Dynamic R&D Choice and the Impact of the Firm's Financial Strength
This article investigates how a firm's financial strength affects its dynamic decision to invest in R&D. We estimate a dynamic model of R&D choice using data for German firms in high-tech manufacturing industries. The model incorporates a measure of the firm's financial strength, derived from its credit rating, which is shown to lead to substantial differences in estimates of the costs and expected long- run benefits from R&D investment. Financially strong firms have a higher probability of generating innovations from their R&D investment, and the innovations have a larger impact on productivity and profits. Averaging across all firms, the long run benefit of investing in R&D equals 6.6 percent of firm value. It ranges from 11.6 percent for firms in a strong financial position to 2.3 percent for firms in a weaker financial position.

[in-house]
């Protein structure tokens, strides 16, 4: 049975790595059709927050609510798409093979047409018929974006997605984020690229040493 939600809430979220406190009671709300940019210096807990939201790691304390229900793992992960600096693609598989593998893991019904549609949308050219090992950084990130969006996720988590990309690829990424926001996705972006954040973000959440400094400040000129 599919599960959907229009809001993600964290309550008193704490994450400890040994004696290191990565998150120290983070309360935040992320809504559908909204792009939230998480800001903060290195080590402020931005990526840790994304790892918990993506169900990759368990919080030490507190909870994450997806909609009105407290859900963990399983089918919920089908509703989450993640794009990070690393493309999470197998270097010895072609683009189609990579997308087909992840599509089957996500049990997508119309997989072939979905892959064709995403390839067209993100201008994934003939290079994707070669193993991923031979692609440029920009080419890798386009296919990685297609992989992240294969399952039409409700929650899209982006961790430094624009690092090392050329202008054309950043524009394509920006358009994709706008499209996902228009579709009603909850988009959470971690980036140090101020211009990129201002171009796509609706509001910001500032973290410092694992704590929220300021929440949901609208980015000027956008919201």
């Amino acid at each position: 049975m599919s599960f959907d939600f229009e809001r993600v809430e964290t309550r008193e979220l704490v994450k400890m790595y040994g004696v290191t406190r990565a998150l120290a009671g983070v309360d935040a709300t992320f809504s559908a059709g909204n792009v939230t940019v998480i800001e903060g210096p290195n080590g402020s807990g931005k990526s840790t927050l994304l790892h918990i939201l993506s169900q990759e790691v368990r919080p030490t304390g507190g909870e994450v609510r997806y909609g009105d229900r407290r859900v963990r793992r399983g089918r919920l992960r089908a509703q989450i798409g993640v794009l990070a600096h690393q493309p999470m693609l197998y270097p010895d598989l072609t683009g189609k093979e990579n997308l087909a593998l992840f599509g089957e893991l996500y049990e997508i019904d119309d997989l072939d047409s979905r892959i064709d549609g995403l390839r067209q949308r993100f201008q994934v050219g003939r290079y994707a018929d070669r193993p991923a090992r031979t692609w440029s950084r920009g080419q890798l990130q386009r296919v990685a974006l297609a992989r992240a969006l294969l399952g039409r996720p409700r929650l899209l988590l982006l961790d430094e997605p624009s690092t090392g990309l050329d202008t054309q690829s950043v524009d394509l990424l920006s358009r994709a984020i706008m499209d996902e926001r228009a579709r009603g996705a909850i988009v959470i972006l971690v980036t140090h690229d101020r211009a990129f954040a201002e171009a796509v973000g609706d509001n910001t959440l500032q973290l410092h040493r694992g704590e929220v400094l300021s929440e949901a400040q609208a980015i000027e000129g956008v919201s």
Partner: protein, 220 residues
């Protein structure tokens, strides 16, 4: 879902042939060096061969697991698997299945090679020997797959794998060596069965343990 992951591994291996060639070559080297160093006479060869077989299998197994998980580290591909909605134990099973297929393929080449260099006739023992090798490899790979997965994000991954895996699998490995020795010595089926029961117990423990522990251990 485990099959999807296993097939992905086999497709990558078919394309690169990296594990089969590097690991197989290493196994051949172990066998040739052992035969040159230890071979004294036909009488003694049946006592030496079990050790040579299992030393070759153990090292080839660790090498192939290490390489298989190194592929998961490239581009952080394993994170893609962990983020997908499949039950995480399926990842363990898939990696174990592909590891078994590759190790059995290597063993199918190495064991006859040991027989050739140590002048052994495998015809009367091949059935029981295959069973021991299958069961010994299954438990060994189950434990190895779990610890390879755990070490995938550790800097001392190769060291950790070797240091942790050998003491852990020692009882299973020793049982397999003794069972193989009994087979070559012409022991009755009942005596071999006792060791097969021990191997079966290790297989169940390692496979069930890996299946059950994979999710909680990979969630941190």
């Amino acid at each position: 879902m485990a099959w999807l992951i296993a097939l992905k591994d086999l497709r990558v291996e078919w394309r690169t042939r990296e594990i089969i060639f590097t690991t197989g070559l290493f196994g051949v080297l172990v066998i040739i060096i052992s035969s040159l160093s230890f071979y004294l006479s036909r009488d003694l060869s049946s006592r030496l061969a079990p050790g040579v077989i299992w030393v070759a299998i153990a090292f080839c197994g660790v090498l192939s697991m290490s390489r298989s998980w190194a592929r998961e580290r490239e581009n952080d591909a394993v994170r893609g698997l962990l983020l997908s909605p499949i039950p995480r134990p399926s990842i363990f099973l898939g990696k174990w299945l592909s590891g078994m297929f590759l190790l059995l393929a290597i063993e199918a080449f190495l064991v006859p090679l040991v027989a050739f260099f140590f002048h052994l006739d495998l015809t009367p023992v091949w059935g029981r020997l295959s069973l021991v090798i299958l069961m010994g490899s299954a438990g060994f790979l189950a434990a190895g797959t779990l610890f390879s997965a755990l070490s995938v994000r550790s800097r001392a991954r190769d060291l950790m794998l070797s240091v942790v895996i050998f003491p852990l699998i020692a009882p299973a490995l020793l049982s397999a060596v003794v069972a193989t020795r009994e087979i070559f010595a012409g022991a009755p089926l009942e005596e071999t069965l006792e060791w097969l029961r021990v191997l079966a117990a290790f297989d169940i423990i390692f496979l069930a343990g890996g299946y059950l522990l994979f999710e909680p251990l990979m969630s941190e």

We are grateful to Eric Bartelsman, Bronwyn Hall, Jordi Jaumandreu, Hans Lööf, Florin Maican, Jacques Mairesse, Pierre Mohnen, Matilda Orth, and Hongsong Zhang for helpful comments and discussions. We thank the Center for European Economic Research (ZEW) for providing data access and research support. The views expressed herein are those of the authors and do not necessarily reflect the views of the National Bureau of Economic Research.
Bettina Peters & Mark J. Roberts & Van Anh Vuong, 2017. "Dynamic R&D choice and the impact of the firm's financial strength," Economics of Innovation and New Technology, vol 26(1-2), pages 134-149. citation courtesy of